To what conclusion can we come?

Discussion in 'English Only' started by Yana Khachaturova, Jan 11, 2019 at 6:25 AM.

  1. Yana Khachaturova

    Yana Khachaturova Senior Member

    Russian-Armenian
    I think that the second option is correct although I have heard a lot of people saying the first sentence
    To what conclusion can we come?
    What conclusion can we come to?
     
  2. LVRBC Senior Member

    English-US, standard and medical
    Both are correct. The 1st is formally grammatical; the 2nd is idiomatic. The grammar rule you are thinking of is the one about ending a sentence with a preposition, not the split infinitive rule.
     
  3. dojibear

    dojibear Senior Member

    Fresno CA
    English - Northeast US
    "What conclusion can we come to?" is the natural word order.

    The other order is acceptable, but in AE it sounds old-fashioned or formal. It may be more common in BE. And it may be normal in lectures by college professors.
     
  4. It isn't.
     
  5. Yana Khachaturova

    Yana Khachaturova Senior Member

    Russian-Armenian
    What do you mean?
     
  6. dojibear said 'The other order is acceptable, but in AE it sounds old-fashioned or formal. It may be more common in BE.'

    It's not more common in BE (British English) so I said 'It isn't (more common)'.
     
  7. ain'ttranslationfun? Senior Member

    US English
    An example of a violation of the split-infinitive "rule" :rolleyes: would be "To eternally discusss the split-infinitive 'rule' is boring and fruitless." As LVRBC says, 'split infinitive' refers to putting an adverb between "to"and the verb.

    Addendum: that said, I prefer "not to do" to "to not do".
     
    Last edited: Jan 11, 2019 at 7:46 PM
  8. AnythingGoes Senior Member

    English - USA (Midwest/Appalachia)
    :thumbsup::thumbsup::thumbsup:
     
  9. coiffe

    coiffe Senior Member

    USA
    American English
    It's not.
     
  10. papakapp Senior Member

    English - NW US
    If you are really curious, you could read Mencken, H.L. 1921. The American Language
    Mencken belabors this point a great deal. Actually, he belabors all his points a great deal. But he does it in an entertaining way.
    In fact, if I'm not mistaken, I believe that book is where the legendary quip "This is the sort of bloody nonsense up with which I will not put." was popularized.
     
  11. JulianStuart

    JulianStuart Senior Member

    Sonoma County CA
    English (UK then US)
  12. Forero Senior Member

    Houston, Texas, USA
    USA English
    I don't like either one. Why not "What conclusion can we reach?"?
     
  13. SevenDays Senior Member

    Spanish
    My answer refers only to grammar; I'll leave usage to others.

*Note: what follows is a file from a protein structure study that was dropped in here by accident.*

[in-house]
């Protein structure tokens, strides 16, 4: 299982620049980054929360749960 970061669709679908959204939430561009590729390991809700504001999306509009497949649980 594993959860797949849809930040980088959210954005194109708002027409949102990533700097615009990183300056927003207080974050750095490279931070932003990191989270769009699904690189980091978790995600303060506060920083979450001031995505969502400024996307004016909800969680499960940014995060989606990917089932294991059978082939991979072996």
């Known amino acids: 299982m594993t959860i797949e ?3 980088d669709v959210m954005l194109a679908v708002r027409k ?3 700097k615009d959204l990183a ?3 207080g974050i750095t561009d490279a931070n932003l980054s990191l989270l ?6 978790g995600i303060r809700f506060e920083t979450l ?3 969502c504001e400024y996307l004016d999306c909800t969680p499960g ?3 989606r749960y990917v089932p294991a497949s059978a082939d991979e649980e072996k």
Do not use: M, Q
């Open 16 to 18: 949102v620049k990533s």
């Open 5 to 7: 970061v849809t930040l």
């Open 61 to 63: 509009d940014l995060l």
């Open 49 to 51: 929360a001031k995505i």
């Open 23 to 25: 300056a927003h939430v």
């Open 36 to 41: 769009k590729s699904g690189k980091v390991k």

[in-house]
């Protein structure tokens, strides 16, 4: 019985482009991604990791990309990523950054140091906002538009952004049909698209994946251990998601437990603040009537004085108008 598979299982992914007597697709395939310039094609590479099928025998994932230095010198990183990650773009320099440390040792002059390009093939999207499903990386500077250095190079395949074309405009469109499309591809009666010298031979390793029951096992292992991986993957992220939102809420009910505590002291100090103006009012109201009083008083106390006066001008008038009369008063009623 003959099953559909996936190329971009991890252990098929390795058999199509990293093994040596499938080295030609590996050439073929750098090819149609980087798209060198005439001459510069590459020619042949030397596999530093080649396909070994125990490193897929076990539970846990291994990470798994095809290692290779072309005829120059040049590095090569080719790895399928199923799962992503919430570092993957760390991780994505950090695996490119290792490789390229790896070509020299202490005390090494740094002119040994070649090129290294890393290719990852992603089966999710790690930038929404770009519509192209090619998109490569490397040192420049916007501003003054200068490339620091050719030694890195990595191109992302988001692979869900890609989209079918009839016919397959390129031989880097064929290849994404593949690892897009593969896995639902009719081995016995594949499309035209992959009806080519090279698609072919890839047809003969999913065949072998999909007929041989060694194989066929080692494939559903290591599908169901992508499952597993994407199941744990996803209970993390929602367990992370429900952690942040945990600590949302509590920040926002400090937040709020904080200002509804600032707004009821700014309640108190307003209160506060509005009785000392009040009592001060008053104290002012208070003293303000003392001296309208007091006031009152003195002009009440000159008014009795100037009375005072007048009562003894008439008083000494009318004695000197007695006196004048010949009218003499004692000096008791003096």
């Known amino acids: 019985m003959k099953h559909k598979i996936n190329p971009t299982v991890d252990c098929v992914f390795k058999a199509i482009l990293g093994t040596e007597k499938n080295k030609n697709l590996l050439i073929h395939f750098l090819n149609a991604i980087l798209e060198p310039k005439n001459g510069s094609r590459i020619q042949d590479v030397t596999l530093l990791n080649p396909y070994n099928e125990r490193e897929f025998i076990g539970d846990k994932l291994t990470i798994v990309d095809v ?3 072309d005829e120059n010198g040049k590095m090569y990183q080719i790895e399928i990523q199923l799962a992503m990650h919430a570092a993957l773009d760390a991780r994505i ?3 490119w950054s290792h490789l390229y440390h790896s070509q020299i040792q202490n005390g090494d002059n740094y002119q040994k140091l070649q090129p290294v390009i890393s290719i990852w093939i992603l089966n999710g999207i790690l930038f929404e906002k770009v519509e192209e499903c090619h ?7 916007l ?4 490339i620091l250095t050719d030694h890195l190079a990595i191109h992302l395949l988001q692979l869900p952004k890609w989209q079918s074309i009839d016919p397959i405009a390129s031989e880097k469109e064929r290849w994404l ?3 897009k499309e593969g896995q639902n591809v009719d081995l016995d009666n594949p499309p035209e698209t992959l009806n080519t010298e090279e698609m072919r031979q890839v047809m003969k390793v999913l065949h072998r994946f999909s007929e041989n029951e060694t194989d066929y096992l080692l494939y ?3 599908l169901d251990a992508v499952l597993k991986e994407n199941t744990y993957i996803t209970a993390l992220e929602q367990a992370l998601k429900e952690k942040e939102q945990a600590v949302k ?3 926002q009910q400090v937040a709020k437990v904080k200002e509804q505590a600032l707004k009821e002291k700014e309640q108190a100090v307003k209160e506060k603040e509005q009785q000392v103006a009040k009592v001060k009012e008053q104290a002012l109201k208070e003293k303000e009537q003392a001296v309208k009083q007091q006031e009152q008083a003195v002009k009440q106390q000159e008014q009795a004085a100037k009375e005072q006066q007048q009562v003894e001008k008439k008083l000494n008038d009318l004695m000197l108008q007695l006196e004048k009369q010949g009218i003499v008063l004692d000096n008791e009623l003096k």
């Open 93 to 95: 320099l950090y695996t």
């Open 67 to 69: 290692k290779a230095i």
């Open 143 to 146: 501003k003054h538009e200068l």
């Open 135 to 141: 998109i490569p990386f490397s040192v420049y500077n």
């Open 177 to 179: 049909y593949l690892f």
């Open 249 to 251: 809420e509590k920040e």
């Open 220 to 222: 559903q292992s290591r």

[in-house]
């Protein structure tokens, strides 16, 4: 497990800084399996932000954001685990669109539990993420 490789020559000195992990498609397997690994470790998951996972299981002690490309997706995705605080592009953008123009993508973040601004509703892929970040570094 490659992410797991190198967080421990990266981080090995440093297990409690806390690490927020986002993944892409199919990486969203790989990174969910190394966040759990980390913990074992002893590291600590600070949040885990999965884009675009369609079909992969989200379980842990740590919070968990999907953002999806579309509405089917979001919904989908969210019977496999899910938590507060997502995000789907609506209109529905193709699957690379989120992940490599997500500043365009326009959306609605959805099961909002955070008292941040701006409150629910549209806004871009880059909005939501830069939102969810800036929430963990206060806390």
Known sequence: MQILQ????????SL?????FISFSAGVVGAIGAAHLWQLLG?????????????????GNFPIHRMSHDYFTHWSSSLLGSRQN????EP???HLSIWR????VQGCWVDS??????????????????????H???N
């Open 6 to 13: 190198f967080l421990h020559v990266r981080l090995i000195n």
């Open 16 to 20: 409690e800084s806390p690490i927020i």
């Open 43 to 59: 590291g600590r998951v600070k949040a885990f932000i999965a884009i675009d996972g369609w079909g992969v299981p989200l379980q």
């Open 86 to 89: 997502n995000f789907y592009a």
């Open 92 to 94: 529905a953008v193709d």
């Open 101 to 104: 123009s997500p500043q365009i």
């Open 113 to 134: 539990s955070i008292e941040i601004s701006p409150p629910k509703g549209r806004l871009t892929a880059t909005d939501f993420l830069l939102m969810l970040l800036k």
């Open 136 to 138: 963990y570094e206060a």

As far as grammar is concerned, they are both grammatically correct. If you've heard people use both sentences, then that means both constructions are available for use. In actuality, these constructions are just variations of each other.

    The non-question version of your sentences is this: We can come to what conclusion. Two things stand out in this version: (1) the idiom come to, which is inchoative in nature; it signals a change, from what was being discussed to a "conclusion;" (2) the prepositional phrase "to + what conclusion" (to + noun phrase: i.e., to what conclusion ~ to a fair conclusion). So, "come to" and "to + what conclusion" naturally go together, sort of like:

    We can [come [to] what conclusion]

    In forming a question, we do subject-auxiliary inversion and move the "wh-word" to the front; since "what" forms a noun phrase with "conclusion," both shift to the front:

    What conclusion can we come to?

    And since "to" is part of the prepositional phrase "to what conclusion," we can shift "to" to the front as well:

    To what conclusion can we come?

    That's grammar. As isolated sentences, without any context, I don't know which one I would use, or if I would go with something else (see Forero's post). Moreover, I don't know exactly how you can determine which of the two is more or less acceptable/formal/idiomatic/etc., so I'll leave that to others.
     
  14. ain'ttranslationfun? Senior Member

    US English
    Re your #13, I don't think we'd say the non-question (affirmative) sentence "We can come to what conclusion." At any rate, it doesn't sound natural or logical to me.
     
  15. grassy

    grassy Senior Member

    Warsaw
    Polish
    It's totally wrong. :eek:


    cross posted
     
  16. coiffe

    coiffe Senior Member

    USA
    American English
    The process of fronting the preposition aside, Yana should understand that although the first sentence is perfectly excellent and was in fact the correct choice about fifty years ago, almost nobody in America would say that nowadays, other than students trying to impress their teachers that they understand grammar and they know they should never end a sentence with a preposition; or teachers teaching grammar. Most native speakers in the US will say the second sentence -- "What conclusion can we come to?" You'll hear it everywhere from the most illiterate to the most highly educated native speakers of English in the US.
     
  17. SevenDays Senior Member

    Spanish
    No, I'm not suggesting that we'd say the non-question affirmative sentence; I'm only showing that the question has a non-question version, which helps you see how things line up and the movement involved in question formation. I mean, the "what" at the front of the question doesn't just appear out of the blue; it gets there via movement.
     
  18. grassy

    grassy Senior Member

    Warsaw
    Polish
    How can the what move anywhere if we've agreed it doesn't even belong where you put it? :rolleyes:
     
  19. Yana Khachaturova

    Yana Khachaturova Senior Member

    Russian-Armenian

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